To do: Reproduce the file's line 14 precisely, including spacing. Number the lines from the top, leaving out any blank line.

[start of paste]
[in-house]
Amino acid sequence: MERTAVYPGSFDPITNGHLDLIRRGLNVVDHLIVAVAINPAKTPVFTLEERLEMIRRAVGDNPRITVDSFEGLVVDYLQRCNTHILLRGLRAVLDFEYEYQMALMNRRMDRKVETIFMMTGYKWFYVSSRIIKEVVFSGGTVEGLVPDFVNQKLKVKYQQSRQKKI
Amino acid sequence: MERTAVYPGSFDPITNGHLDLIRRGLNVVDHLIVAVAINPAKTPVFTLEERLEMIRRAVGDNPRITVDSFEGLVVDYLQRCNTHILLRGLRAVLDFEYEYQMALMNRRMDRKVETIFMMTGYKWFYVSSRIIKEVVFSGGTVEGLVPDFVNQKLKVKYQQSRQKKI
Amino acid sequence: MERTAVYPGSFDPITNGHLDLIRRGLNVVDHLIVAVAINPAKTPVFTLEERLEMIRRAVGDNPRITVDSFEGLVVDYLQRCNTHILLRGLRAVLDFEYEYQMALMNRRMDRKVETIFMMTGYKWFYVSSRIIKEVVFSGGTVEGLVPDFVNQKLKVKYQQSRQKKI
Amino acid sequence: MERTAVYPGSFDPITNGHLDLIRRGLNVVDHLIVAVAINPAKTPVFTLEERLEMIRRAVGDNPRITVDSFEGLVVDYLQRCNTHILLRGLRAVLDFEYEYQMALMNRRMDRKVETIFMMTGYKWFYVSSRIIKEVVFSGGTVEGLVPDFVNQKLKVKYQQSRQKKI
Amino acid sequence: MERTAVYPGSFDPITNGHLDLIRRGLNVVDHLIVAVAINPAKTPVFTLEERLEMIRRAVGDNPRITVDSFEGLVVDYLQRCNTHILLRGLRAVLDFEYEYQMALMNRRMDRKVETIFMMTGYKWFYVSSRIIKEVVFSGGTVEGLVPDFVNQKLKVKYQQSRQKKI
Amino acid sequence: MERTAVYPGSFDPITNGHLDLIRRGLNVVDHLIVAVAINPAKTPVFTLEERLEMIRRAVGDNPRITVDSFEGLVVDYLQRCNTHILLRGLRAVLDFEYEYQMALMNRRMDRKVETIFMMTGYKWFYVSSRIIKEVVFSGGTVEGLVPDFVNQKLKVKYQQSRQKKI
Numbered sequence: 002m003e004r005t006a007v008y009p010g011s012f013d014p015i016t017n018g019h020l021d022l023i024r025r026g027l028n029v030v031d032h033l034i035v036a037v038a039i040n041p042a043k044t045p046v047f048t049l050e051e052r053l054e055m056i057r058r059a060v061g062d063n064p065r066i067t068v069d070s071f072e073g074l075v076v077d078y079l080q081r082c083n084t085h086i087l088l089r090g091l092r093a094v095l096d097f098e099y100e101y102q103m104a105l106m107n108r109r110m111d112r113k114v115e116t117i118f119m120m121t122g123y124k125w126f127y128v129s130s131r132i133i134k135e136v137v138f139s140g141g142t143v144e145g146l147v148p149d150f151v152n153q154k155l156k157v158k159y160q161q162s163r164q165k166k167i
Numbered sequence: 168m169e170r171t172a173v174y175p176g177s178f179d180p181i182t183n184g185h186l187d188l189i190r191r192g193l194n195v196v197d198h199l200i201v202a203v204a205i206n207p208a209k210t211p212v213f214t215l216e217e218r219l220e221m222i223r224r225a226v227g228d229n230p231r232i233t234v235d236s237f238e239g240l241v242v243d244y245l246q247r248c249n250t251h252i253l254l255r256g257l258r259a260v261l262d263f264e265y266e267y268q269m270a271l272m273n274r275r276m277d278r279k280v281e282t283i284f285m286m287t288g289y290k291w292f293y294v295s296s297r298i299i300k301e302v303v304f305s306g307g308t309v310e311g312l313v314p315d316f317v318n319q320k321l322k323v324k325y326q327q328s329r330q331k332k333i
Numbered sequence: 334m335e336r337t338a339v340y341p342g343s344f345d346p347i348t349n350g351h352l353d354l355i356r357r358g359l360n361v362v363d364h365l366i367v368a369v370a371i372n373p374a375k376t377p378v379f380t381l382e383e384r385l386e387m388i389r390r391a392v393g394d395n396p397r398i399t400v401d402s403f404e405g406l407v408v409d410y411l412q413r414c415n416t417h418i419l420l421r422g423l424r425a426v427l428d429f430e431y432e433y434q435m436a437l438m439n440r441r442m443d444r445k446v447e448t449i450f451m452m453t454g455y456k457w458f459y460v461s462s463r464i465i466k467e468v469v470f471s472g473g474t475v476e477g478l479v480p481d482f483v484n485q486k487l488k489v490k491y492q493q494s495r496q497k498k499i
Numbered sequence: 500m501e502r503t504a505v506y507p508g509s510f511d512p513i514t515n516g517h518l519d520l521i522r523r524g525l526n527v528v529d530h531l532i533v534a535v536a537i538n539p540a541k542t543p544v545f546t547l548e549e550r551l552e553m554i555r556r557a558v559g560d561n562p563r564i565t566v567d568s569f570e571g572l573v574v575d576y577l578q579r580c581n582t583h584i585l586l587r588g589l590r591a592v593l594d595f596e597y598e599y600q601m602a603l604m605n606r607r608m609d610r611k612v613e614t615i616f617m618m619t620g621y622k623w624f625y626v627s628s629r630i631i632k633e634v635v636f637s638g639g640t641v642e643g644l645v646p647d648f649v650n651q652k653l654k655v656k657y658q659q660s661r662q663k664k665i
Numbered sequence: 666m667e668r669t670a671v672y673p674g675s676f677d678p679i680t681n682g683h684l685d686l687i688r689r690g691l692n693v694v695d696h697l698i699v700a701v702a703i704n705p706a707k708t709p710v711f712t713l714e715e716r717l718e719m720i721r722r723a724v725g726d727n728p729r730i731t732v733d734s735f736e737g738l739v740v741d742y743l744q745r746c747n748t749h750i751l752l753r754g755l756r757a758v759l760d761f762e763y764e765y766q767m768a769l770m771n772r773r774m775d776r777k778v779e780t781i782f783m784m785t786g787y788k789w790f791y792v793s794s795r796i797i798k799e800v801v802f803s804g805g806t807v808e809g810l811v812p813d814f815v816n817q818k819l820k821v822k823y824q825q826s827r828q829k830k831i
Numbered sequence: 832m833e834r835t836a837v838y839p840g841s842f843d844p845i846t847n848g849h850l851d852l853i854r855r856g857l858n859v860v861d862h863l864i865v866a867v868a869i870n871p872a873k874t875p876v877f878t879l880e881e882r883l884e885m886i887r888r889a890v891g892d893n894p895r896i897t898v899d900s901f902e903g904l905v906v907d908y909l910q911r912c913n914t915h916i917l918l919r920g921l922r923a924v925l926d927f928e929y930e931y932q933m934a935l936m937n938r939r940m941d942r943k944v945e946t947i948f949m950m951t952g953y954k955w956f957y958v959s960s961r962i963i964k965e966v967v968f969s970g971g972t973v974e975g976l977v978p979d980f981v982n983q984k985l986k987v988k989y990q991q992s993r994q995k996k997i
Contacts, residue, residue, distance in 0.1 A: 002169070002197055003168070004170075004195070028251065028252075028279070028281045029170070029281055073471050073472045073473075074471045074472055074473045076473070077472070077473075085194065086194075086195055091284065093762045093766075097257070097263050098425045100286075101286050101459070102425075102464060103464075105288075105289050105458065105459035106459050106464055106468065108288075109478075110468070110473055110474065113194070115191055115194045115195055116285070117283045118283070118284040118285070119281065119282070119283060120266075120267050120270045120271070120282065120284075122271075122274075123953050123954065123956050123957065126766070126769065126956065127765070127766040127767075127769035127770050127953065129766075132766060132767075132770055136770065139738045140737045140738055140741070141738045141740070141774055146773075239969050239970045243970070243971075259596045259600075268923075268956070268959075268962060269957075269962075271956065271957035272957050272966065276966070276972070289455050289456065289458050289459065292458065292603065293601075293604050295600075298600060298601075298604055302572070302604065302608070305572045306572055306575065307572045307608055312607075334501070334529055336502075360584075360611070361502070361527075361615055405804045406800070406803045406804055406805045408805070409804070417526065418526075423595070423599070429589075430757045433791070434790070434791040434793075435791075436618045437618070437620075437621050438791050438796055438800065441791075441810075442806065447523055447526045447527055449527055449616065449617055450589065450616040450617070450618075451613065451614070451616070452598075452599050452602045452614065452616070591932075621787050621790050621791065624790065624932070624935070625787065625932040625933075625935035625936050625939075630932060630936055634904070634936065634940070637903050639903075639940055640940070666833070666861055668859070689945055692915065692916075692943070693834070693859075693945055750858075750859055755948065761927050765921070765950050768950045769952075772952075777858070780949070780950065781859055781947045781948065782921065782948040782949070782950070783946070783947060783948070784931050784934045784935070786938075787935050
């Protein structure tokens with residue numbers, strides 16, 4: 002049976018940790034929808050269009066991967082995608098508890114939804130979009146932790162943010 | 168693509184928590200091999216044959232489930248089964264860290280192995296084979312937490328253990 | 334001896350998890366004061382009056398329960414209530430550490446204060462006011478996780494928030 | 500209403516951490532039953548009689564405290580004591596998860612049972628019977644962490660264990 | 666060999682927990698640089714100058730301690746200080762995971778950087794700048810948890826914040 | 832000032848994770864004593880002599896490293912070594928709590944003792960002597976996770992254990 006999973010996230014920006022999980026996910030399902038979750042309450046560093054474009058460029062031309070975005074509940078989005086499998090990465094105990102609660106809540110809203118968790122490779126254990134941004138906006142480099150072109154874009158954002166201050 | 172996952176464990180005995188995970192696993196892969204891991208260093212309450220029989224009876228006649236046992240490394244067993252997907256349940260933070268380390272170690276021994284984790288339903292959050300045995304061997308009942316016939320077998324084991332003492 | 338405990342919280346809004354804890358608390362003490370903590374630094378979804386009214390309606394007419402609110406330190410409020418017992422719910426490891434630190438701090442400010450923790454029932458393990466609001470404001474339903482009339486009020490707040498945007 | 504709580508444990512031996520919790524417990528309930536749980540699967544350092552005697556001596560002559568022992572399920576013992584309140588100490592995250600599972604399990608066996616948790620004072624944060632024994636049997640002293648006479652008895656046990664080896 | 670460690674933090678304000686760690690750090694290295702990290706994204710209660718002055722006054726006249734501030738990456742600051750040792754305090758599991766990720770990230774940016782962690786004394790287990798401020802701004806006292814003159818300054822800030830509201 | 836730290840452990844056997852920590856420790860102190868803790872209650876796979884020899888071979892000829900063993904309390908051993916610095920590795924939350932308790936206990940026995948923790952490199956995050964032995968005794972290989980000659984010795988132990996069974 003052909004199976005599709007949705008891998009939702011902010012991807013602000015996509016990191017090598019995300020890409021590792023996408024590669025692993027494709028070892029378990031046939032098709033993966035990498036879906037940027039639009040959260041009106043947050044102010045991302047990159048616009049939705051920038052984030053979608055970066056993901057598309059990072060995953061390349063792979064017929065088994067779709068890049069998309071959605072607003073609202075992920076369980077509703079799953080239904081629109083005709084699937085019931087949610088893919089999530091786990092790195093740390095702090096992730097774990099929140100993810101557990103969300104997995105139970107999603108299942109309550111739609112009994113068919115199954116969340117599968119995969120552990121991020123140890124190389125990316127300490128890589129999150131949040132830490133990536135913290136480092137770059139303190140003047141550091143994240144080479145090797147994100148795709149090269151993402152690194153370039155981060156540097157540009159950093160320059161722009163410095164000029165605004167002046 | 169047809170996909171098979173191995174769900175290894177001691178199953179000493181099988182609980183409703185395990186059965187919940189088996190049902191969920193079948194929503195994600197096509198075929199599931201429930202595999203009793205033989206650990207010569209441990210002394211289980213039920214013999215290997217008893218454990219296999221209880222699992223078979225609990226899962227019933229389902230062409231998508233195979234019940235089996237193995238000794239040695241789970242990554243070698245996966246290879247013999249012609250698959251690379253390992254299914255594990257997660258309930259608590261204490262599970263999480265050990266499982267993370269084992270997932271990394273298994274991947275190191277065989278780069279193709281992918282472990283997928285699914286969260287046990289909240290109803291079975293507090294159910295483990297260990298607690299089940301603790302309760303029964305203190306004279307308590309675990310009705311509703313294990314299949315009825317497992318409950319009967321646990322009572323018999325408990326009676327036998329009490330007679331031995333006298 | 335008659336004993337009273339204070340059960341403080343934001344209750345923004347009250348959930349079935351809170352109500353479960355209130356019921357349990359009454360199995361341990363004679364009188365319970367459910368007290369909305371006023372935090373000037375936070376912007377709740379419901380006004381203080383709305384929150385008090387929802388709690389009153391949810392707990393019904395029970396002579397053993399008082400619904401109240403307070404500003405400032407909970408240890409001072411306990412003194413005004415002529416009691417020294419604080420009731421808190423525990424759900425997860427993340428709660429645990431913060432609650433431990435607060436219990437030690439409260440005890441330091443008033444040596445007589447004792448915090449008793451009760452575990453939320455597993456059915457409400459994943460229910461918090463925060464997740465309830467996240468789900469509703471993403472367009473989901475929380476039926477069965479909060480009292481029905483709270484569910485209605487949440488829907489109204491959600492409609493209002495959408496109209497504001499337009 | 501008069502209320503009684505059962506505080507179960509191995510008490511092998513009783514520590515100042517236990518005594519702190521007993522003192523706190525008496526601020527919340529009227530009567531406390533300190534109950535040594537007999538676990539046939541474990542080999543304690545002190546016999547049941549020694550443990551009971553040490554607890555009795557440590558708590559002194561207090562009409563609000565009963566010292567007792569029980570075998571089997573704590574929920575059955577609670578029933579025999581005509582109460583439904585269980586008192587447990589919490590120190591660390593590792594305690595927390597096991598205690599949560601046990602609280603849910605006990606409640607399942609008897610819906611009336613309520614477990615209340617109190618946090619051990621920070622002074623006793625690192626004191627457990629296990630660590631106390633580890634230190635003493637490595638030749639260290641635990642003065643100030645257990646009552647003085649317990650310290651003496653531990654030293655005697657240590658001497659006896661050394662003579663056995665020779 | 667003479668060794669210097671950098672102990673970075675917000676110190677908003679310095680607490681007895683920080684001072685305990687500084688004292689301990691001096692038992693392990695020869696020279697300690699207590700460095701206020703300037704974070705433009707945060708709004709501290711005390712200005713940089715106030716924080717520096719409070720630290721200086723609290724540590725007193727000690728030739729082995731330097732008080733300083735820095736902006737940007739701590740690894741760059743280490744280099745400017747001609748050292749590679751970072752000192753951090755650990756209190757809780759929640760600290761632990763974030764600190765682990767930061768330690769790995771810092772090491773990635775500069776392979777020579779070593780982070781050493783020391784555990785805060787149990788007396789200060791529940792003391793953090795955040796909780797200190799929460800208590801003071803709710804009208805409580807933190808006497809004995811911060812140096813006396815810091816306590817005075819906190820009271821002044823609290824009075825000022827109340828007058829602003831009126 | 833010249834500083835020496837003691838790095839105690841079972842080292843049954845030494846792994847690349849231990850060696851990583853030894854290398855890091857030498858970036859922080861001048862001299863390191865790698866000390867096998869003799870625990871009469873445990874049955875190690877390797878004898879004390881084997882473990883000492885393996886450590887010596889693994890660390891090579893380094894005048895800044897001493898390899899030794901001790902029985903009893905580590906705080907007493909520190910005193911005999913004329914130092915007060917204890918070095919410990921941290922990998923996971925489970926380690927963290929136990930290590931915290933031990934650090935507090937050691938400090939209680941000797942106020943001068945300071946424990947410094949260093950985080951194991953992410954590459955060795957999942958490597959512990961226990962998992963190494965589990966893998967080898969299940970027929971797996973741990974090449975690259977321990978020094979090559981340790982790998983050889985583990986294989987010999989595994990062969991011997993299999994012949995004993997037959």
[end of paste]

Contacts, residue, residue, distance in 0.1 A: 002169070002197055003168070004170075004195070028251065028252075028279070028281045029170070029281055073471050073472045073473075074471045074472055074473045076473070077472070077473075085194065086194075086195055091284065093762045093766075097257070097263050098425045100286075101286050101459070102425075102464060103464075105288075105289050105458065105459035106459050106464055106468065108288075109478075110468070110473055110474065113194070115191055115194045115195055116285070117283045118283070118284040118285070119281065119282070119283060120266075120267050120270045120271070120282065120284075122271075122274075123953050123954065123956050123957065126766070126769065126956065127765070127766040127767075127769035127770050127953065129766075132766060132767075132770055136770065139738045140737045140738055140741070141738045141740070141774055146773075239969050239970045243970070243971075259596045259600075268923075268956070268959075268962060269957075269962075271956065271957035272957050272966065276966070276972070289455050289456065289458050289459065292458065292603065293601075293604050295600075298600060298601075298604055302572070302604065302608070305572045306572055306575065307572045307608055312607075334501070334529055336502075360584075360611070361502070361527075361615055405804045406800070406803045406804055406805045408805070409804070417526065418526075423595070423599070429589075430757045433791070434790070434791040434793075435791075436618045437618070437620075437621050438791050438796055438800065441791075441810075442806065447523055447526045447527055449527055449616065449617055450589065450616040450617070450618075451613065451614070451616070452598075452599050452602045452614065452616070591932075621787050621790050621791065624790065624932070624935070625787065625932040625933075625935035625936050625939075630932060630936055634904070634936065634940070637903050639903075639940055640940070666833070666861055668859070689945055692915065692916075692943070693834070693859075693945055750858075750859055755948065761927050765921070765950050768950045769952075772952075777858070780949070780950065781859055781947045781948065782921065782948040782949070782950070783946070783947060783948070784931050784934045784935070786938075787935050